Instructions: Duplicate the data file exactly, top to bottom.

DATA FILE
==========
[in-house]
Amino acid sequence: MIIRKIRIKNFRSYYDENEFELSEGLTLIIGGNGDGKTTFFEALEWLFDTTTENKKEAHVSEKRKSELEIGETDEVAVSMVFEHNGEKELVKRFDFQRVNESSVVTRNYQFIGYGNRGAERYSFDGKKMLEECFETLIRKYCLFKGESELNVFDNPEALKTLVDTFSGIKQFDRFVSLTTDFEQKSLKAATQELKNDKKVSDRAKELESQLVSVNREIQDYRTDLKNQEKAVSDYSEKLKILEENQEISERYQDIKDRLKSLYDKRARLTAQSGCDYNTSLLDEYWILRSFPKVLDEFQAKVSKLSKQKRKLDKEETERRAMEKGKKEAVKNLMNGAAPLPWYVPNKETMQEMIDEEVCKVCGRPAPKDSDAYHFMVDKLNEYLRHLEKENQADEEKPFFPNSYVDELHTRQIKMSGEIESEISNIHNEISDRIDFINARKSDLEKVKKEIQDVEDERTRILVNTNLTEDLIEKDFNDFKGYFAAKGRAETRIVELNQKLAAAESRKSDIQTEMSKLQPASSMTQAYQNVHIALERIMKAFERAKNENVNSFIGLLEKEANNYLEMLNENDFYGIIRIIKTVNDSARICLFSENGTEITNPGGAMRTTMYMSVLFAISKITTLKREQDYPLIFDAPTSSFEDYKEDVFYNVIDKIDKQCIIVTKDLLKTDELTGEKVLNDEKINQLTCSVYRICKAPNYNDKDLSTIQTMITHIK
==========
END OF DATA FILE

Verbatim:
[in-house]
Amino acid sequence: MIIRKIRIKNFRSYYDENEFELSEGLTLIIGGNGDGKTTFFEALEWLFDTTTENKKEAHVSEKRKSELEIGETDEVAVSMVFEHNGEKELVKRFDFQRVNESSVVTRNYQFIGYGNRGAERYSFDGKKMLEECFETLIRKYCLFKGESELNVFDNPEALKTLVDTFSGIKQFDRFVSLTTDFEQKSLKAATQELKNDKKVSDRAKELESQLVSVNREIQDYRTDLKNQEKAVSDYSEKLKILEENQEISERYQDIKDRLKSLYDKRARLTAQSGCDYNTSLLDEYWILRSFPKVLDEFQAKVSKLSKQKRKLDKEETERRAMEKGKKEAVKNLMNGAAPLPWYVPNKETMQEMIDEEVCKVCGRPAPKDSDAYHFMVDKLNEYLRHLEKENQADEEKPFFPNSYVDELHTRQIKMSGEIESEISNIHNEISDRIDFINARKSDLEKVKKEIQDVEDERTRILVNTNLTEDLIEKDFNDFKGYFAAKGRAETRIVELNQKLAAAESRKSDIQTEMSKLQPASSMTQAYQNVHIALERIMKAFERAKNENVNSFIGLLEKEANNYLEMLNENDFYGIIRIIKTVNDSARICLFSENGTEITNPGGAMRTTMYMSVLFAISKITTLKREQDYPLIFDAPTSSFEDYKEDVFYNVIDKIDKQCIIVTKDLLKTDELTGEKVLNDEKINQLTCSVYRICKAPNYNDKDLSTIQTMITHIK